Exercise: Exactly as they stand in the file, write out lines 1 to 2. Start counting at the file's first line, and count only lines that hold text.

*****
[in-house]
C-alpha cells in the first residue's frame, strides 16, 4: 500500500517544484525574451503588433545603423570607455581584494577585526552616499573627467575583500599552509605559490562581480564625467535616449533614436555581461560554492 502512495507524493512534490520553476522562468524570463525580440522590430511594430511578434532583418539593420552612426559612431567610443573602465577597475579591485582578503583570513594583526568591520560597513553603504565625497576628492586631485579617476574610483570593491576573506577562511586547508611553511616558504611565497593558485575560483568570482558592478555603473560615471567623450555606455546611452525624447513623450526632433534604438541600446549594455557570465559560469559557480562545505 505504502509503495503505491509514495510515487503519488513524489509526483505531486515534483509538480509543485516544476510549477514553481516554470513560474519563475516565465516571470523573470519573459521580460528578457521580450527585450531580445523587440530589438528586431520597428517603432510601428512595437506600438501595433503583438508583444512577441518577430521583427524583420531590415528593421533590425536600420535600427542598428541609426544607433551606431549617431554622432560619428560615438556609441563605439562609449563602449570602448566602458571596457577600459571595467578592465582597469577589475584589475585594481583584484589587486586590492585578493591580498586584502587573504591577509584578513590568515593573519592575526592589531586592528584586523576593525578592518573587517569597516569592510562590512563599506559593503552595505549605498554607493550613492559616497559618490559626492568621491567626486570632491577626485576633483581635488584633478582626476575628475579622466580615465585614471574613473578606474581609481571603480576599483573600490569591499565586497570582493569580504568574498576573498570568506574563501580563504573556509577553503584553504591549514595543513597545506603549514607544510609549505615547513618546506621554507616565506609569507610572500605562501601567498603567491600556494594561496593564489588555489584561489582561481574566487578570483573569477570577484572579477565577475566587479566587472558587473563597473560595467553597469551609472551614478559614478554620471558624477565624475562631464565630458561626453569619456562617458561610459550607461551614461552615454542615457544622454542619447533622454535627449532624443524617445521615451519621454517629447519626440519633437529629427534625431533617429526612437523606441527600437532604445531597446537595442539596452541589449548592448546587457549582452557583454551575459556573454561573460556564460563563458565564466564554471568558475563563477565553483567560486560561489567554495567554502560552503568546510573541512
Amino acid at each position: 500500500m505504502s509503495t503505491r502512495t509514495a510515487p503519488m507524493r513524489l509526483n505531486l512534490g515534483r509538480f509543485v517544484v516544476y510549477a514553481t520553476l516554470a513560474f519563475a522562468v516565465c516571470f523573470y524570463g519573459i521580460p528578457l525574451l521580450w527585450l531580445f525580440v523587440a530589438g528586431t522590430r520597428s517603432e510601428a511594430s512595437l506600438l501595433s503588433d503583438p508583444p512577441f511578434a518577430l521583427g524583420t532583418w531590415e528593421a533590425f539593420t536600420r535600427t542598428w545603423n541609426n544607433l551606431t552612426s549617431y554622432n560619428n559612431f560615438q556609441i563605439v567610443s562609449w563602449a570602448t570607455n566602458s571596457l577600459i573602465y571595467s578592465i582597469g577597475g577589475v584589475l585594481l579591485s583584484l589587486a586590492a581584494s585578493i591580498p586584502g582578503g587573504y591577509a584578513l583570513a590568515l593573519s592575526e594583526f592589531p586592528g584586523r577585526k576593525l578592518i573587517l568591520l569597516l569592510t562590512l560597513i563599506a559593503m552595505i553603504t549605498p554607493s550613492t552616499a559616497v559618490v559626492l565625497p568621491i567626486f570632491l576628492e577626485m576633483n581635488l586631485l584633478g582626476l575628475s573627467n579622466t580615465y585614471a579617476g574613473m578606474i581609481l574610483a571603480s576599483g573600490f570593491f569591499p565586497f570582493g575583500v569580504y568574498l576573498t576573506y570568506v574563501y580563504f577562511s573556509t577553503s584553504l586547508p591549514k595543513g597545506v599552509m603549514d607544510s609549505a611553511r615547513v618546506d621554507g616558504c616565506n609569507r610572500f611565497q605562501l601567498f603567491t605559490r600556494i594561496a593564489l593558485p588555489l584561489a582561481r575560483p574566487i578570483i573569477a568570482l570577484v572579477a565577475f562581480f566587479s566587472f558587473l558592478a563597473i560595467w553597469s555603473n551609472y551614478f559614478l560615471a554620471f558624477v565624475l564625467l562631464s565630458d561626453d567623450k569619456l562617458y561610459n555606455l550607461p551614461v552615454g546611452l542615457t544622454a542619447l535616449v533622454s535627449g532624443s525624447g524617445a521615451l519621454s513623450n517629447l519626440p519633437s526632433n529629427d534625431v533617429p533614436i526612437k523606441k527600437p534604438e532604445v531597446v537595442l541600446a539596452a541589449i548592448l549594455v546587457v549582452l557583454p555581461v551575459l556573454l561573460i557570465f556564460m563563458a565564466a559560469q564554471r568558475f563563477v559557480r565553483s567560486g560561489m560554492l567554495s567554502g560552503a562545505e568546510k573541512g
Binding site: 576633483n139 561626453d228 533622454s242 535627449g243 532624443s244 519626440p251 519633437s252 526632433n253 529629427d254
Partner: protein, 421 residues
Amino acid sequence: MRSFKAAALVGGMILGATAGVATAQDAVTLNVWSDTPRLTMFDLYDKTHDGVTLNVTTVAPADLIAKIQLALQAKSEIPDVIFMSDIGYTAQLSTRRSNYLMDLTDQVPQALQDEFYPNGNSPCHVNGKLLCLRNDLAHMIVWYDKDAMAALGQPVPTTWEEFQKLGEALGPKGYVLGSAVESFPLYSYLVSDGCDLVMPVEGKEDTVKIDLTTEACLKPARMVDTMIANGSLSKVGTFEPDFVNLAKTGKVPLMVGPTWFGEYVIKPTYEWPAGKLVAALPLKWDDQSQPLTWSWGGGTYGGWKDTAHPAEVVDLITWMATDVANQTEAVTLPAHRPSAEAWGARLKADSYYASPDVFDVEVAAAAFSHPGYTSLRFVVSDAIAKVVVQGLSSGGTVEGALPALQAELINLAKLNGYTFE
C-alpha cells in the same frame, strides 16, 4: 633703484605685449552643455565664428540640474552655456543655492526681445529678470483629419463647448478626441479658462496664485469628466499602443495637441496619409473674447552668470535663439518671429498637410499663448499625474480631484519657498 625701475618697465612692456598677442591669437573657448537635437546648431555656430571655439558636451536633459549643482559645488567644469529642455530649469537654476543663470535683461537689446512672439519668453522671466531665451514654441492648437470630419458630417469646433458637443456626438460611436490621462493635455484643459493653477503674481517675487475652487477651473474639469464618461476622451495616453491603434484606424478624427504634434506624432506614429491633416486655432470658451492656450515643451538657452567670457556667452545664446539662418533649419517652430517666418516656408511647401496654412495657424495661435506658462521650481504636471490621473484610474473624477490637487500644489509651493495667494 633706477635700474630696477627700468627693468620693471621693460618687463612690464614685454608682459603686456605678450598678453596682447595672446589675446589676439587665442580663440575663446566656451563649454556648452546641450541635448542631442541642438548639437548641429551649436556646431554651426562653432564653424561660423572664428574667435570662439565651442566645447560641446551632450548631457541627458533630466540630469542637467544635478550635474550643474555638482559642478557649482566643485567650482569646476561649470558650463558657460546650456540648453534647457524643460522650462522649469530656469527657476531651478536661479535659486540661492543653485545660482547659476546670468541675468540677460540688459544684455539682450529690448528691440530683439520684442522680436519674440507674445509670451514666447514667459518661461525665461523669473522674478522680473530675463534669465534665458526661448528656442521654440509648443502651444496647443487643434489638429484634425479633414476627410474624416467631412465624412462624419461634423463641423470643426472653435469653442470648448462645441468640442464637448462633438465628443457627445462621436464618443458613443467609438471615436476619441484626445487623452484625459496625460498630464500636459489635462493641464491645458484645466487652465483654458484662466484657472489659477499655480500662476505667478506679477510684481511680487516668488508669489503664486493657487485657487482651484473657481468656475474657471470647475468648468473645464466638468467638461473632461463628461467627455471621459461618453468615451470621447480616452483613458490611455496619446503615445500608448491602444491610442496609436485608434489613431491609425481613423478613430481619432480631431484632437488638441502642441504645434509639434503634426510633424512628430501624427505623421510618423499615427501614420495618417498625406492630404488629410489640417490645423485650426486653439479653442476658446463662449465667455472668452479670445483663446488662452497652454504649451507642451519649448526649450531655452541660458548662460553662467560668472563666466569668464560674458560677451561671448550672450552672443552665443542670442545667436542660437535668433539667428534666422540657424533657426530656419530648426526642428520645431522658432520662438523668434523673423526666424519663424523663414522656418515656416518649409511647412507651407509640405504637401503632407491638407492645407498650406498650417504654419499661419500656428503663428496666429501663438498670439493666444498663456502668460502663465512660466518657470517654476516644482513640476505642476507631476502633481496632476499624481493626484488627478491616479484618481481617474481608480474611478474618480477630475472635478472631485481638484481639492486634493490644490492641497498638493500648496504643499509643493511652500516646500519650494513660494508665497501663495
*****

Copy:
[in-house]
C-alpha cells in the first residue's frame, strides 16, 4: 500500500517544484525574451503588433545603423570607455581584494577585526552616499573627467575583500599552509605559490562581480564625467535616449533614436555581461560554492 502512495507524493512534490520553476522562468524570463525580440522590430511594430511578434532583418539593420552612426559612431567610443573602465577597475579591485582578503583570513594583526568591520560597513553603504565625497576628492586631485579617476574610483570593491576573506577562511586547508611553511616558504611565497593558485575560483568570482558592478555603473560615471567623450555606455546611452525624447513623450526632433534604438541600446549594455557570465559560469559557480562545505 505504502509503495503505491509514495510515487503519488513524489509526483505531486515534483509538480509543485516544476510549477514553481516554470513560474519563475516565465516571470523573470519573459521580460528578457521580450527585450531580445523587440530589438528586431520597428517603432510601428512595437506600438501595433503583438508583444512577441518577430521583427524583420531590415528593421533590425536600420535600427542598428541609426544607433551606431549617431554622432560619428560615438556609441563605439562609449563602449570602448566602458571596457577600459571595467578592465582597469577589475584589475585594481583584484589587486586590492585578493591580498586584502587573504591577509584578513590568515593573519592575526592589531586592528584586523576593525578592518573587517569597516569592510562590512563599506559593503552595505549605498554607493550613492559616497559618490559626492568621491567626486570632491577626485576633483581635488584633478582626476575628475579622466580615465585614471574613473578606474581609481571603480576599483573600490569591499565586497570582493569580504568574498576573498570568506574563501580563504573556509577553503584553504591549514595543513597545506603549514607544510609549505615547513618546506621554507616565506609569507610572500605562501601567498603567491600556494594561496593564489588555489584561489582561481574566487578570483573569477570577484572579477565577475566587479566587472558587473563597473560595467553597469551609472551614478559614478554620471558624477565624475562631464565630458561626453569619456562617458561610459550607461551614461552615454542615457544622454542619447533622454535627449532624443524617445521615451519621454517629447519626440519633437529629427534625431533617429526612437523606441527600437532604445531597446537595442539596452541589449548592448546587457549582452557583454551575459556573454561573460556564460563563458565564466564554471568558475563563477565553483567560486560561489567554495567554502560552503568546510573541512